It is from ourselves we need saving …
By Canon Gerry Conroy
Even as we emerge from this pandemic, fear is still present, there is uncertainty, and so confusion about the best way forward is what dominates the public debate even though governments seek to give the impression they know exactly what they are doing and why they are doing it. I suppose that is understandable since we are dealing with something new and science hasn’t got a handle on it yet. But what disturbs me is that this fear and uncertainty is giving rise to a kind of panic which is often expressed in language that seems to be more argument than discussion, more recrimination and insults than anything else. As usual we are looking for certainty and finding none, and it fills us with fear and often with the ugly behaviour that goes with it.
In fact when you take a look at our world it is the same everywhere and it is not linked solely to the pandemic. The recent ugliness and violence that took place in America was met by many with further violence and injustice. It seems to lie simmering just under the surface waiting for an excuse to burst forth. What can we conclude but that our world is broken and that violence and anger reach deep into our soul. Lost is the word that springs to mind. A word borrowed from the Gospel today. We are lost in the fear and the violence and the hate and it seems there is no escaping it. Society offers no certainty, no Truth, there is no solid ground offered by authority, so what should we expect.
In the midst of all of this violence and fear, you occasionally hear talk of the answer being in respect for human dignity. But we cannot even agree on what constitutes human dignity any more. Dignity has become the rights of the individual to decide for him/herself what constitutes their dignity and if that is not respected then they have been wronged and too many are ready to use violence to get what they want because hate has taken up residence in the heart of man and it will search out some object to which to fix itself, whether it is race, or religion or politics and anger or fear is as good a catalyst for this violence as any. If our world doesn’t make us realise that we are lost, then we are truly lost. If we do not recognise that it is from ourselves we need saving, then the horrors and the fear and panic will continue. We have reached a place in history where we can no longer find agreement when we look to ourselves, because we have no common ground on which to stand, no truth to unite us. We are left only with a desire for a power that will gives us the possibility to get what we want but it leaves in fear, so we condemn what we disagree with.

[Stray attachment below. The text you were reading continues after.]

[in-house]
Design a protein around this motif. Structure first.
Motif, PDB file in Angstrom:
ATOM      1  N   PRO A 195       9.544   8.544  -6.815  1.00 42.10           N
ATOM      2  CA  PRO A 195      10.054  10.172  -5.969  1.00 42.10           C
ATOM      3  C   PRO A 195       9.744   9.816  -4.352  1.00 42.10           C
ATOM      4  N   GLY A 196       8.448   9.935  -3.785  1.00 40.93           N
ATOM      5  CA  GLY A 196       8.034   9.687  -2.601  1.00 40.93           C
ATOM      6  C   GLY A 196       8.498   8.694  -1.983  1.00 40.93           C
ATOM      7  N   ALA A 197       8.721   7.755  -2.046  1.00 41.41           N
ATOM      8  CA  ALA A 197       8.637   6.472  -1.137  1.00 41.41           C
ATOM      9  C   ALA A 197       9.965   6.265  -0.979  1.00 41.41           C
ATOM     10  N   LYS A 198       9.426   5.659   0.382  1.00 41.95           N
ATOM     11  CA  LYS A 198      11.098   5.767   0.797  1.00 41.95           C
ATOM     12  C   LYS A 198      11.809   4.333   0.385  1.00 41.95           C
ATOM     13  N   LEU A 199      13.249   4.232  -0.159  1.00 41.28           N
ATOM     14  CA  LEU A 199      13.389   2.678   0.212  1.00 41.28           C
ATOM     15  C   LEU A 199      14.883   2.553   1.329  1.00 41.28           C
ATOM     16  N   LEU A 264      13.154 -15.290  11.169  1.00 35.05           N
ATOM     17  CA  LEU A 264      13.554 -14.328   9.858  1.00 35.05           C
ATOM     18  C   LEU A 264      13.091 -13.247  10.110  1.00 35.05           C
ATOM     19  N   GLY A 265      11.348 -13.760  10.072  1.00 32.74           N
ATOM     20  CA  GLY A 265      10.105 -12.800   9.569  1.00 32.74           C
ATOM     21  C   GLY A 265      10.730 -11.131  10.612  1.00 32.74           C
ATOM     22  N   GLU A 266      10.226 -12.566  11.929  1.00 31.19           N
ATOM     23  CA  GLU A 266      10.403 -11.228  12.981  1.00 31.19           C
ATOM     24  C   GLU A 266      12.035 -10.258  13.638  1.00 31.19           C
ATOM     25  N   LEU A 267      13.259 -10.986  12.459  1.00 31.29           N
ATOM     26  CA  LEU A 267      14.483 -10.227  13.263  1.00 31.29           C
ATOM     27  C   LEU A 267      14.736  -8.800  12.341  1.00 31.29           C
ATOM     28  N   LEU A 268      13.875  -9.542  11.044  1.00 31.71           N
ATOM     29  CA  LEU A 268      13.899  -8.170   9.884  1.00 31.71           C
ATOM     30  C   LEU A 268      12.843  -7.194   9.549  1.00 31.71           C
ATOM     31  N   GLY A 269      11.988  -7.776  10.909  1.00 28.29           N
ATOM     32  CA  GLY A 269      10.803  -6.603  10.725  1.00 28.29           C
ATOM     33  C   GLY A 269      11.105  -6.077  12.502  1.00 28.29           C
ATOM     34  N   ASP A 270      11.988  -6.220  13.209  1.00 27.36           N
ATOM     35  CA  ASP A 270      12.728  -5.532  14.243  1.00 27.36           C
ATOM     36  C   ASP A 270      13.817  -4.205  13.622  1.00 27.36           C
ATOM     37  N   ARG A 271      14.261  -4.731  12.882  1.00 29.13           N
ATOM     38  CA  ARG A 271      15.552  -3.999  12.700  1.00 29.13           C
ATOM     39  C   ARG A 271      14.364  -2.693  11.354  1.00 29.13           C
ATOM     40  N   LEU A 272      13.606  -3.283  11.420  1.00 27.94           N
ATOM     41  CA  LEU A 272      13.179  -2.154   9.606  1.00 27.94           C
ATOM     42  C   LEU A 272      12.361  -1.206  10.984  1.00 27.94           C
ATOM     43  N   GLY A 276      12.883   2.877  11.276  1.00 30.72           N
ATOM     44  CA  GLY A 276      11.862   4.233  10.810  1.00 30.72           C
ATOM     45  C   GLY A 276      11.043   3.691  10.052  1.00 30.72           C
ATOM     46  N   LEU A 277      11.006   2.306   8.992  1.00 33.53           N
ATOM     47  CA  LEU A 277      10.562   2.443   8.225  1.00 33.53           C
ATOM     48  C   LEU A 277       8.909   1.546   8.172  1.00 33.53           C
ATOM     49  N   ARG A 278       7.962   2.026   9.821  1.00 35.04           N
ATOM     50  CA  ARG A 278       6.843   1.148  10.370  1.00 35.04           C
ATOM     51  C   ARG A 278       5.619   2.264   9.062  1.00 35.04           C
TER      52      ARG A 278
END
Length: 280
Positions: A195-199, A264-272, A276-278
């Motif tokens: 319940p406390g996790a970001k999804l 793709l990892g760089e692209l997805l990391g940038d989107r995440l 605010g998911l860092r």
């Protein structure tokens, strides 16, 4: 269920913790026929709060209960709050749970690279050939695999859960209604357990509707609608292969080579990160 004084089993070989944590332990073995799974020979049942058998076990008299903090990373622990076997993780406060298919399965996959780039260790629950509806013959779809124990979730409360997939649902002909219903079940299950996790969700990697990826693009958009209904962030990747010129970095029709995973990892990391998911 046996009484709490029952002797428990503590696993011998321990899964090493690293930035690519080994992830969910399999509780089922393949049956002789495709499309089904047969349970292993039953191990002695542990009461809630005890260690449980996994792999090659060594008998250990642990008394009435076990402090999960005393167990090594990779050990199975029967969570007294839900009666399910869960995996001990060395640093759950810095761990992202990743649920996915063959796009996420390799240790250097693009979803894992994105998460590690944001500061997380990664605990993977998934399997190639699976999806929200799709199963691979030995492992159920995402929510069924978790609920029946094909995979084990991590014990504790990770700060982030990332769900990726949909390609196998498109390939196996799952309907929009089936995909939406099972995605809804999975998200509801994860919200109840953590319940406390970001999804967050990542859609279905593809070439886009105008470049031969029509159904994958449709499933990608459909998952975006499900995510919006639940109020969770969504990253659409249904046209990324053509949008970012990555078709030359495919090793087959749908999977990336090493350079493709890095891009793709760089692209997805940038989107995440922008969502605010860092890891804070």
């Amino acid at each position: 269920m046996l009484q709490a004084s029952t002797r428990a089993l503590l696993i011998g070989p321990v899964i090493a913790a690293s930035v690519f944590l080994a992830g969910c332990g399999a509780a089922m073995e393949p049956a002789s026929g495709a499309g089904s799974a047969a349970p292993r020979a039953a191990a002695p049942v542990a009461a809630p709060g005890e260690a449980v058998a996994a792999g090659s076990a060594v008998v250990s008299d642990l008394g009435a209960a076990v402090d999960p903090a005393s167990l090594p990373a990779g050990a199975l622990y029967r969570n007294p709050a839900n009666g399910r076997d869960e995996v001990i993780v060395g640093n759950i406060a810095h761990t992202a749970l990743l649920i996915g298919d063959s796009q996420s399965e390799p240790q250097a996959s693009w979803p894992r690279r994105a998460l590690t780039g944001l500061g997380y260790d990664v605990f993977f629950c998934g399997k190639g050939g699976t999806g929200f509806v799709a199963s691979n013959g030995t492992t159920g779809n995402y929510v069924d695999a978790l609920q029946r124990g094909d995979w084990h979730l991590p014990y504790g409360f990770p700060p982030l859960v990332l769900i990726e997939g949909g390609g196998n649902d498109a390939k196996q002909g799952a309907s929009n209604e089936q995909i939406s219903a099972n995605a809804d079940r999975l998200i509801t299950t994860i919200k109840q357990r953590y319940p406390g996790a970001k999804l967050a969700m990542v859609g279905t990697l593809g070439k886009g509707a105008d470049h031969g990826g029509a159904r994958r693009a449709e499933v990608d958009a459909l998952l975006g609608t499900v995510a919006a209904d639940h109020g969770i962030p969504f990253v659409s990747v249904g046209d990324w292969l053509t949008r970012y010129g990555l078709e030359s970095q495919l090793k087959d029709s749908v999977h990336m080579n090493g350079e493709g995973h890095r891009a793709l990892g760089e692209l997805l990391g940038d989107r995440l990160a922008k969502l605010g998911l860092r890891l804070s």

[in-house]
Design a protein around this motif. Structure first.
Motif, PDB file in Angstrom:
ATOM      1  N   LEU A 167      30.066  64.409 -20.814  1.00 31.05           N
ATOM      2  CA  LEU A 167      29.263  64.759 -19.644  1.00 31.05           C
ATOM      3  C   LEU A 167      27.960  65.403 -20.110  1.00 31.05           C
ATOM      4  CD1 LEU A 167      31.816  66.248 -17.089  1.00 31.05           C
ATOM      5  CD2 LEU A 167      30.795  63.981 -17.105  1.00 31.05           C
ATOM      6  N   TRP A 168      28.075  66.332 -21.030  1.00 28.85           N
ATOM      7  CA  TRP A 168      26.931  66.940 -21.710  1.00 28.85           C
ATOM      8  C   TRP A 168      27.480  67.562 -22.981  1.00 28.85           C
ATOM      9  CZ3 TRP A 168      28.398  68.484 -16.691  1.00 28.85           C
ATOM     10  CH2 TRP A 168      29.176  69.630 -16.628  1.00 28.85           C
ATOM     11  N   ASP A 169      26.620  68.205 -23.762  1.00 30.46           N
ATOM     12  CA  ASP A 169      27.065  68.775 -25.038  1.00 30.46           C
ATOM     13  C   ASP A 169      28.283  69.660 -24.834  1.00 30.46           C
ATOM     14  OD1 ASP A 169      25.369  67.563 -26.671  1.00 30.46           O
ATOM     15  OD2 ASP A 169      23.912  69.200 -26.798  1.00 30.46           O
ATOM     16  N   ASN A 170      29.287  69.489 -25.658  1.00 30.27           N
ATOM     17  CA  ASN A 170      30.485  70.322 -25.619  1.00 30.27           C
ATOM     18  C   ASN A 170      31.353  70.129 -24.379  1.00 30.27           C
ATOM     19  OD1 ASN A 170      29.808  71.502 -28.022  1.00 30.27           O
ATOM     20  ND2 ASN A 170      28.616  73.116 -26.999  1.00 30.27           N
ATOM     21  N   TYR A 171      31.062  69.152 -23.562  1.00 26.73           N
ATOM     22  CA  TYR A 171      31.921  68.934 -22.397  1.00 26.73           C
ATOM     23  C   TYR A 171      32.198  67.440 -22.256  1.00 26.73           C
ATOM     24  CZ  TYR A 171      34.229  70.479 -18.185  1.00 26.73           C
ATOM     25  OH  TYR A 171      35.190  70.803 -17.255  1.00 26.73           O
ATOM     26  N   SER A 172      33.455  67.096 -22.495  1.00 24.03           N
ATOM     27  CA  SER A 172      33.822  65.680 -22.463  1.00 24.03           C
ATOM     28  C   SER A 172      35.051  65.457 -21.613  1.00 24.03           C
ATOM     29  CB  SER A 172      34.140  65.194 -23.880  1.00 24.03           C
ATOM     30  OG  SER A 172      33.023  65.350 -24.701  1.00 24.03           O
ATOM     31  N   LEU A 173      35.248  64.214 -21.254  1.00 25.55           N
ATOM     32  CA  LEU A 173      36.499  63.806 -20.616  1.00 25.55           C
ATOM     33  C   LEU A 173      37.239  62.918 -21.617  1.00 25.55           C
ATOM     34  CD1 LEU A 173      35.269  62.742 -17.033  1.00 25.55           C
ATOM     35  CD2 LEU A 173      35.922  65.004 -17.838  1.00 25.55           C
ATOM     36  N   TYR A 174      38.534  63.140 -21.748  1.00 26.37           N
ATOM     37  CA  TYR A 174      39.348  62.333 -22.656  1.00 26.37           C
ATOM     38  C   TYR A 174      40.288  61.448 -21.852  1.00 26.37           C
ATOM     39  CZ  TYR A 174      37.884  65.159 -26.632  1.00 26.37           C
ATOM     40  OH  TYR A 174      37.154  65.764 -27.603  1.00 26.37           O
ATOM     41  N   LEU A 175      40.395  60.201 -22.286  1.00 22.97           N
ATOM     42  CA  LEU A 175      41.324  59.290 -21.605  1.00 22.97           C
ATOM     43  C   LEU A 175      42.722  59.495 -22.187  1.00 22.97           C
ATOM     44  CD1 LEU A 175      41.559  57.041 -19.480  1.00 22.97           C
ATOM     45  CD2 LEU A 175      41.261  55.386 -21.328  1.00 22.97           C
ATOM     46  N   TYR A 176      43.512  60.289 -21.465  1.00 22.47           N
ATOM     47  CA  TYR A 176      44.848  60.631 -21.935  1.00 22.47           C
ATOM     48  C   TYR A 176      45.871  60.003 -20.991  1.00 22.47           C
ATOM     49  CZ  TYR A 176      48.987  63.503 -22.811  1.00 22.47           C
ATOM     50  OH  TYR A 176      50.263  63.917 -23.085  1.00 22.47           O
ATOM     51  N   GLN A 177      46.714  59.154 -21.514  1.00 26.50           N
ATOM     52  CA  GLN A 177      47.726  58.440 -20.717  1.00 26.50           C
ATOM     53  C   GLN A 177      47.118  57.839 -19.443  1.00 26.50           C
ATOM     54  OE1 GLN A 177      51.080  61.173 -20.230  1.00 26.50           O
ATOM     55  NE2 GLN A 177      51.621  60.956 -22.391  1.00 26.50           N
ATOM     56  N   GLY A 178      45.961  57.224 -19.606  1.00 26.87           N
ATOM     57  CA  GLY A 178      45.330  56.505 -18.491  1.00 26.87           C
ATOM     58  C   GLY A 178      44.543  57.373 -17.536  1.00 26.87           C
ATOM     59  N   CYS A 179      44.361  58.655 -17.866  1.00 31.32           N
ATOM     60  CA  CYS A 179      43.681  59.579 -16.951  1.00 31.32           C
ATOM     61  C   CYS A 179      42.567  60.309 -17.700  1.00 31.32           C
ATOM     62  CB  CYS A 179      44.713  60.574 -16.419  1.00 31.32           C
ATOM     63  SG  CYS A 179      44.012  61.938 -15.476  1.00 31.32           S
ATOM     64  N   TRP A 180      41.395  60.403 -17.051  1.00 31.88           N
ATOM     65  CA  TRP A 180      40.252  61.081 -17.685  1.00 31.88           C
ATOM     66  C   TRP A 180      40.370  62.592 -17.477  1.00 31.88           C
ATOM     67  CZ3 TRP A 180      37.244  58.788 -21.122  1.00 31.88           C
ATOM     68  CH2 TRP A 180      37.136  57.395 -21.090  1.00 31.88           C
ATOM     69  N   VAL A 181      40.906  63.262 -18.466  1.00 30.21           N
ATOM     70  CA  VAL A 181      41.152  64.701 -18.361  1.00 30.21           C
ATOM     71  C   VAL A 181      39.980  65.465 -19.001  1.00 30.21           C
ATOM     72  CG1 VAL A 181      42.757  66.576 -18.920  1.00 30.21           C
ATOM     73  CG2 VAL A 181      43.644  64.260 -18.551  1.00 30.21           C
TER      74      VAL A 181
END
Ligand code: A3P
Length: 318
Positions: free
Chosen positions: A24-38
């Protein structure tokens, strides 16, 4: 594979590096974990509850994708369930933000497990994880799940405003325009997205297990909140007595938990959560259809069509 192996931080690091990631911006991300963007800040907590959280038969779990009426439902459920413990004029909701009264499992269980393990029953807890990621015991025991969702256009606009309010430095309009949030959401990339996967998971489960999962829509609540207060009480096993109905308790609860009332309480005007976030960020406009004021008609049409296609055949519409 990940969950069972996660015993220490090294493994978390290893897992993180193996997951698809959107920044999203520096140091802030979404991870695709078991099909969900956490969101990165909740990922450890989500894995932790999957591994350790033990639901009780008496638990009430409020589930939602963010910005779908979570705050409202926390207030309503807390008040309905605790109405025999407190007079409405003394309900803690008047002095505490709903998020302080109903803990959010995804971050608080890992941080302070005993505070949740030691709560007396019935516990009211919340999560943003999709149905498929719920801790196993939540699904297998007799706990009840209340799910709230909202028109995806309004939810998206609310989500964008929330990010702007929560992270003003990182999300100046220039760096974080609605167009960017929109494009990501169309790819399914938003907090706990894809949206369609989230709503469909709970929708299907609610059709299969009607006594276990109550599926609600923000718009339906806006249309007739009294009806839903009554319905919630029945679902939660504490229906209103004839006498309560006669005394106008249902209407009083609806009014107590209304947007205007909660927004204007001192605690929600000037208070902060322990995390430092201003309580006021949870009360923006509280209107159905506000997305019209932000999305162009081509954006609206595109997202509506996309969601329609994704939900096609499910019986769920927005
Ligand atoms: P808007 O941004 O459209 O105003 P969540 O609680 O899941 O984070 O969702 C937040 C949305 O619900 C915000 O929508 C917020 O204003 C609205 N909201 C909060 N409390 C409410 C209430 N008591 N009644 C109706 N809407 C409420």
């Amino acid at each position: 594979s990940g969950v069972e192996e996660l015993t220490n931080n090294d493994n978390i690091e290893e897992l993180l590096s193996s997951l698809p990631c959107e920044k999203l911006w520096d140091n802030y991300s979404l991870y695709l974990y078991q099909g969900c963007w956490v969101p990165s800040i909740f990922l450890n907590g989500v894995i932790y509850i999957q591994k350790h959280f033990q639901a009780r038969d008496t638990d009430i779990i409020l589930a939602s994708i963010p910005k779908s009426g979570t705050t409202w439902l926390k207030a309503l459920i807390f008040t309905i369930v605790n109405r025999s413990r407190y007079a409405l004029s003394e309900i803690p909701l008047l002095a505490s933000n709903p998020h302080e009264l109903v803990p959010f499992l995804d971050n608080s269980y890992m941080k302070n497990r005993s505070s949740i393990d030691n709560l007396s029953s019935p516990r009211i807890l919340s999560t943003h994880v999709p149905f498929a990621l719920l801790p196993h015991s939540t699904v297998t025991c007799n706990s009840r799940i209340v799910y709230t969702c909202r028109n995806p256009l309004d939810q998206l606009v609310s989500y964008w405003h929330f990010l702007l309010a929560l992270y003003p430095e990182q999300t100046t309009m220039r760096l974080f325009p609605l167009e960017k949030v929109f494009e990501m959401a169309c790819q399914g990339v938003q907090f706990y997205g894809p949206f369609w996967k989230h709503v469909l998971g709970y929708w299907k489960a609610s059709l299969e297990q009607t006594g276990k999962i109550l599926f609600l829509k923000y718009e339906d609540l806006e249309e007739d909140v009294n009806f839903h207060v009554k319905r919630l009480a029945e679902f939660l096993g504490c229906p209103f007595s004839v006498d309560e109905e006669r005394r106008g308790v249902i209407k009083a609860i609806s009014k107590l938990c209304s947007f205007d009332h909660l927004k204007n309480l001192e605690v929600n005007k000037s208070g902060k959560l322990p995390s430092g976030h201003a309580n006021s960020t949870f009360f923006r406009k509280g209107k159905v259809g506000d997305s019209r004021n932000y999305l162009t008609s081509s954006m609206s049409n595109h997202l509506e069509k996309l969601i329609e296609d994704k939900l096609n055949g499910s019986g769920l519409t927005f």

St John said that God sent his Son into the world not to condemn the world but to save it. We who believe have a solid ground on which to dialogue with others, on which to build something better. We have a reason not to fear but to hope. We have an example in the love that God has shown us, in the love that is the dialogue of the Trinity in whose image we have been made. If we look at ourselves, what do we see? Do we see that fear, do we see the anger and the violence seething within us, do we see envy and resentment, or do we see the love that should be there because we were made in love and in order to love. God has revealed himself to us as a God of mercy and compassion, as a God of love, as Father, Son and Spirit, so that when we are lost and can not recognise ourselves, we can look to him and remember who we are.
- Canon Gerry Conroy is parish priest of St Patrick’s Church, Dumbarton.